I’ve been feeling a growing sense of contentment. I couldn’t place my finger or understand. We have so little. What in the world could I be happy about? Then I had an epiphany – I have what I truly need. Not much more, but enough to get by.
I worked a couple weekends ago at a bar. I remember being blown away when a customer came up to the bar to ordered a drink and pulled out a wad thicker than my fist, full of hundreds. I was actually stunned into temporary silence. I went home and told Patrick about it and how nice it would be to have all that money. True to form, he put it in perspective for me. That gentleman may have all that money, but it is likely all he has. He keeps it with him at all times and shows it off, not because he’s well off but because he wants to seem like he’s well off. It’s like a house of cards: You build it up so it can stand but there’s no security in it. And like everything insecure, it too will fall. The sense of sadness I feel for someone living like that is profound because I can relate. I didn’t realize I was living in my own house of cards until it all fell.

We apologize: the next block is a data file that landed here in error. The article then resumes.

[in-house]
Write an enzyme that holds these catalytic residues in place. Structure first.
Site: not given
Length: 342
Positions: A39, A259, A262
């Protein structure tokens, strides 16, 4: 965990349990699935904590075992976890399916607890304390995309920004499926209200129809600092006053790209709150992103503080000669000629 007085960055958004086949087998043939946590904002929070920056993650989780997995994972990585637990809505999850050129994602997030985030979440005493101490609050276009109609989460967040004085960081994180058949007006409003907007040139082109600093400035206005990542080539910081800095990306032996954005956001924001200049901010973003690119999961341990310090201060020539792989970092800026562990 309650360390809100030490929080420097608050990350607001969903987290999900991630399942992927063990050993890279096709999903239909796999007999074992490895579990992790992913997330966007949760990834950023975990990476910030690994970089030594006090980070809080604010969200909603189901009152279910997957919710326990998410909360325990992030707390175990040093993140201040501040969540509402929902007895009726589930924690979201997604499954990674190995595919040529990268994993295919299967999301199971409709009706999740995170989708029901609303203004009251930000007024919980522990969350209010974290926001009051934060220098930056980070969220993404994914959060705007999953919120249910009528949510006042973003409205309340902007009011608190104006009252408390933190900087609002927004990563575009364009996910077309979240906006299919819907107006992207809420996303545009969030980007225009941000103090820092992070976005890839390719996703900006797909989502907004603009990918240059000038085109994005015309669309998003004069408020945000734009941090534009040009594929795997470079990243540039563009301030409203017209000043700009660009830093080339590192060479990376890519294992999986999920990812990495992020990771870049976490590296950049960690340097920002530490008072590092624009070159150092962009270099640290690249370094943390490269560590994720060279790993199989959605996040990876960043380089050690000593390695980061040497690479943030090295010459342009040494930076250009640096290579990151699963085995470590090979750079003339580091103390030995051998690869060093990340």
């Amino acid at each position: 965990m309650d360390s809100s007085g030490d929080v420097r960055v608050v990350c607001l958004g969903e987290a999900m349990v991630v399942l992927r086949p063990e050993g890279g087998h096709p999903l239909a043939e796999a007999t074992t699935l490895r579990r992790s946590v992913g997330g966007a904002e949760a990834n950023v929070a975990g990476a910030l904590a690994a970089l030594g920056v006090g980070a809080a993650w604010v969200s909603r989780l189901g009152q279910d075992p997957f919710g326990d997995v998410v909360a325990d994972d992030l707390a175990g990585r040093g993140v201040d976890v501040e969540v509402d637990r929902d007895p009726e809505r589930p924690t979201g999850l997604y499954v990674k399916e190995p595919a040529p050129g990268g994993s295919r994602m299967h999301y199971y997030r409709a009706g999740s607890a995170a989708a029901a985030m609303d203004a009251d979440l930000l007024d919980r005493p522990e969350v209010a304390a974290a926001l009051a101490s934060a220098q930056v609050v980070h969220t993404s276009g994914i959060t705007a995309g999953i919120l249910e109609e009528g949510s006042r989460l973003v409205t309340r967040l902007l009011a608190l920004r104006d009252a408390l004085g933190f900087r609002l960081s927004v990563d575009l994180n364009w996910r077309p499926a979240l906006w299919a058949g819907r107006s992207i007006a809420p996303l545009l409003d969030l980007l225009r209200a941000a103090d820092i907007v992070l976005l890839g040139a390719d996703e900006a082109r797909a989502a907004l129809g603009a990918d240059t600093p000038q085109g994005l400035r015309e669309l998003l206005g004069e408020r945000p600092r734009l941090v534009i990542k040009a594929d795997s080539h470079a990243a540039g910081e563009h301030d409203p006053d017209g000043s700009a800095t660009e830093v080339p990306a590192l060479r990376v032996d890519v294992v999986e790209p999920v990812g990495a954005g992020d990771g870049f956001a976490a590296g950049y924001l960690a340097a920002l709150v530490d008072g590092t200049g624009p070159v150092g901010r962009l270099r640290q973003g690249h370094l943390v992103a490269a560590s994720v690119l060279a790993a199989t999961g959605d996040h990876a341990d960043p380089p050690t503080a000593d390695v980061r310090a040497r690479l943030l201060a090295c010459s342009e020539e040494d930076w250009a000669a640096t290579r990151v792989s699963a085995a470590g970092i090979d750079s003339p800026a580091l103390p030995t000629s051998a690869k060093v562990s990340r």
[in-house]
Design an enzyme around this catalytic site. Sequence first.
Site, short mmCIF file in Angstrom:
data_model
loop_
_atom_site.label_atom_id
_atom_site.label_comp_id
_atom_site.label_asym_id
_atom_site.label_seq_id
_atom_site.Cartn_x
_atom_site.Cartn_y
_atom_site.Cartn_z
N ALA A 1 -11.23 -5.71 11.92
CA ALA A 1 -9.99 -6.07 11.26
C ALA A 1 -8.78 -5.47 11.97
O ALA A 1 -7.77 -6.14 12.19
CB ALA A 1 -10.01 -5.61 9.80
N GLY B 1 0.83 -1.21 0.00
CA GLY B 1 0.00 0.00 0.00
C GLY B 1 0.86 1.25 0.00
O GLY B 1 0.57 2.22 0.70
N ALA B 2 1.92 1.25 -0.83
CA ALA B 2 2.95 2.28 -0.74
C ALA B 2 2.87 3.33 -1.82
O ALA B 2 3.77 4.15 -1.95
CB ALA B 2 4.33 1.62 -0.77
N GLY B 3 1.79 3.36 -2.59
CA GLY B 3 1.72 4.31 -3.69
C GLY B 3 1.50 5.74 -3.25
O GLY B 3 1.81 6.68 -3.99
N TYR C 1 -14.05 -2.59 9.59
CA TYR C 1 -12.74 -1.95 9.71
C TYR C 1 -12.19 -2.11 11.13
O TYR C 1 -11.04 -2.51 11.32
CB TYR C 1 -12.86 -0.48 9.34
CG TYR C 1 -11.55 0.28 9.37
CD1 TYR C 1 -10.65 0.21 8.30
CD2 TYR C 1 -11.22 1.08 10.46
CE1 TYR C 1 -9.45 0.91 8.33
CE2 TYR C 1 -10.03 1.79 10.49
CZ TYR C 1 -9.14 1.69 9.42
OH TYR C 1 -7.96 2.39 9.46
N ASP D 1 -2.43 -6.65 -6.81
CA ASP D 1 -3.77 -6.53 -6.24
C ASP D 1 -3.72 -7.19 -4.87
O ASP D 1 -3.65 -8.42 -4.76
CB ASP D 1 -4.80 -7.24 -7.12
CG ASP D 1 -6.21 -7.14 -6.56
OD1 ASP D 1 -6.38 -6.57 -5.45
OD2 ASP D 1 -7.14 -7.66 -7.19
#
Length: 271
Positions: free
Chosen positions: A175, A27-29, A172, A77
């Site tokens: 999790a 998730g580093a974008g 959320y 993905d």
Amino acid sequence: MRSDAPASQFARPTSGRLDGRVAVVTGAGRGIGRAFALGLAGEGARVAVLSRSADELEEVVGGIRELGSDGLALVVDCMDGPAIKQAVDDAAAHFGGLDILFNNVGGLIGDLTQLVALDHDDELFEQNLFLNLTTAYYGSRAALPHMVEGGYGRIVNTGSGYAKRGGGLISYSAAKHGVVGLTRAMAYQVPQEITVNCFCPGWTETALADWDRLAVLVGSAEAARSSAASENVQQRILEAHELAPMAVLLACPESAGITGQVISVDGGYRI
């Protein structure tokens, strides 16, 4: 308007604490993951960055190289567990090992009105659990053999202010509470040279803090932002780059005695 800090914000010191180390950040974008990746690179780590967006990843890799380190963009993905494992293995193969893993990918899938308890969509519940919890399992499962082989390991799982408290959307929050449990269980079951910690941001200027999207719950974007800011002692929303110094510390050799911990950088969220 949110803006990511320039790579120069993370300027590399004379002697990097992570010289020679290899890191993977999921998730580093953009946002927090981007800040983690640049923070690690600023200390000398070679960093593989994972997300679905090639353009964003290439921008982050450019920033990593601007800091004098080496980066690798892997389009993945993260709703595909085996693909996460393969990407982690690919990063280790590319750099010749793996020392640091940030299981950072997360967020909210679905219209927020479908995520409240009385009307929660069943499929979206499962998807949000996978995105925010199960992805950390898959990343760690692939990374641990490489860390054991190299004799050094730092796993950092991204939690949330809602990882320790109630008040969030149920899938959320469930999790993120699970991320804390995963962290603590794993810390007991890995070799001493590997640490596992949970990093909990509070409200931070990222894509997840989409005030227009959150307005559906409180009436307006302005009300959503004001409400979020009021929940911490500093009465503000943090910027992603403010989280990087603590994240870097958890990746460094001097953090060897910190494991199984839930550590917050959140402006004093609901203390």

A good friend of mine comes to mind. I feel our friendship was strained because I was/still am/always will be envious of her financial security. She had money to buy things for her children, go out to eat, buy gifts for her friends and family, etc. She had money. I always felt insanely insecure around her. For so long, I felt she had everything I didn’t. I look back now and I wonder if she felt a similar sense of insecurity. I often interpreted her statements of spending $150 on a nightgown or the new car she was getting ready to purchase or the expensive vacation she could afford to go on as catty comments, rubbing in that I couldn’t do what I was supposed to for my family.
Now I wonder if perhaps she was similar to the gentleman above. Maybe she felt she was showing off all that she had to offer. She often made statements about how lucky I was to have that complete family unit. I wrote off her comments as an attempt to make me feel better. But I see the truth of her words now. There is a great sense of comfort knowing I have my family to come home to. No money, certainly, but I’m happy. I hope she knows that her true worth wasn’t in the money she has or the clothes she’s able to buy or the trips she can take people on. She is awesome because she is a kind and loving person. Plain and simple.